Since gaining Independence from the British on March 6, 1957, Ghana has been a jumping off point for many people looking to travel West Africa.
Whether you are looking for beautiful beaches, sobering and powerful historical slave trade castles/sites, lush rain forest, or a rich music and culture scene, Ghana has it all.
When it comes to travel health, there are a few tips you should know before heading to Ghana so that you are able to fully appreciate and enjoy your time there.
If this is your first time traveling to Ghana, make sure to visit a travel health clinic at least a month before your trip. This will allow enough time to get needed travel immunizations and to get started on a malaria prophylactic. Also, as with any destination, make sure to take out travel health insurance before departing.
- The yellow fever vaccination is required for entry into Ghana
- All of the vaccinations listed in our travel immunizations article are recommended, except for Japanese encephalitis.
- The rabies vaccine is recommended if you are planning on spending most of your time in rural areas and/or you plan on interacting with animals.
Malaria is a very real threat to your travel health in many places in sub-Saharan Africa, Ghana included. There is currently no vaccine for malaria, but there are several prophylactics available. None of the prophylactics are 100% effective and I highly recommend traveling with back-up treatment.
In Ghana, the dominant strain of malaria is plasmodium falciparum. This is the most virulent strain of malaria. It is found throughout sub-Saharan Africa. Coartem is a good treatment option for this strain of malaria and it can be used as an emergency stand-by if you come down with symptoms and do not have access to a clinic.
You should go to a travel health clinic at least one month before your trip, so that you can be prescribed to a prophylactic and decide which one you want to take. This is a conversation that you should have with a doctor. Also, read up on our malaria articles – we have covered everything from prophylactics to treatment to myths and facts.
The most common illness faced by travelers to Ghana is traveler’s diarrhea. Taking caution with food and drink is the best way to prevent it, but even careful travelers may find themselves making some unpleasant trips to the washroom.
Read our article on this topic for a comprehensive look at both prevention and treatment.
Other Intestinal Illnesses
Traveler’s diarrhea is caused by a bacterial infection in the GI tract. In Ghana, there are a number of other intestinal ailments that you may face if you are careless with your eating and drinking habits. Click on any of the illnesses below to learn about prevention and treatment.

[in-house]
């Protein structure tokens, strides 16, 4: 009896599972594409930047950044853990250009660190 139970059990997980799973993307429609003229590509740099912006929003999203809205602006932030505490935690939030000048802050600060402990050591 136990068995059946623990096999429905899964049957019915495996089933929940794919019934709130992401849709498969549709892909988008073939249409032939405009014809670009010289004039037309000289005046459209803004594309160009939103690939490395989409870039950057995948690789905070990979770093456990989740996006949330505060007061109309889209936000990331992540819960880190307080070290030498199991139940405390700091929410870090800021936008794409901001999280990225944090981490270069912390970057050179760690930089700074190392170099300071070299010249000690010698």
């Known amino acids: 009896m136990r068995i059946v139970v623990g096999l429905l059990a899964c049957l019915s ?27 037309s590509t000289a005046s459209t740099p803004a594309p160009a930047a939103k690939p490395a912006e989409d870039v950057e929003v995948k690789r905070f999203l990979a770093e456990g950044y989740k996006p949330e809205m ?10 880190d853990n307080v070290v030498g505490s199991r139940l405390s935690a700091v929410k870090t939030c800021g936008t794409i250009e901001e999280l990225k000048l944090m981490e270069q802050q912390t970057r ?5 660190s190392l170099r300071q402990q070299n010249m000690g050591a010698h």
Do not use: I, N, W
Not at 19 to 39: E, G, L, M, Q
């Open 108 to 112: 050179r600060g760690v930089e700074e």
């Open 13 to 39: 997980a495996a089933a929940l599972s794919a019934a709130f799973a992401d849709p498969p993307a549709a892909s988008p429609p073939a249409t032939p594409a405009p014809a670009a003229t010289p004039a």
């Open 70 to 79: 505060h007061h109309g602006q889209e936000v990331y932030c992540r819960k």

While it is unlikely that you will experience any of these, it’s important to read up on them and understand how to avoid them.
The Sun, Heat and Humidity
Ghana sits close to the equator and the sun, even on a cloudy day, is perpetually intense. What’s more, while the temperature is cooler closer to the coast, the humidity is also incredibly high. Be sure to wear sunscreen, even when it’s cloudy, and try to avoid spending time in the sun during the middle hours of the day.
Be sure to stay hydrated. With the heat, it is very east to become dehydrated in Ghana. Drink at least 4 liters of water a day and if you are feeling dehydrated (fatigue, headache, lethargy are usually good signs that you are), use a packet of oral rehydration salts with a liter of water to help restore your body’s balance of electrolytes. Coconut water is also readily available in Ghana and it’s considered to be nature’s gatorade. Great for rehydration. Bananas are also good for balancing your body’s electrolytes.
As of August 2011, Ghana has officially eradicated guinea worm from the country. This terrifying and painful parasite has been eliminated due to a massive public health campaign. There is no cure for guinea worm and it’s impressive to see a disease eliminated based on behavioral changes alone. You’ll be happy to know that this is no longer something you can expect to find in Ghana!
While the travel health concerns to many countries in sub-Saharan Africa may seem daunting, know that you are most likely to experience sunburn and perhaps a bit of traveler’s diarrhea. That said, you should be aware and prepared for other illnesses. Again, be sure to visit a travel health clinic and do take out a travel insurance policy. We recommend World Nomads.
Have you traveled to Ghana before? Have any tips relating to travel health? Please share them in the comments.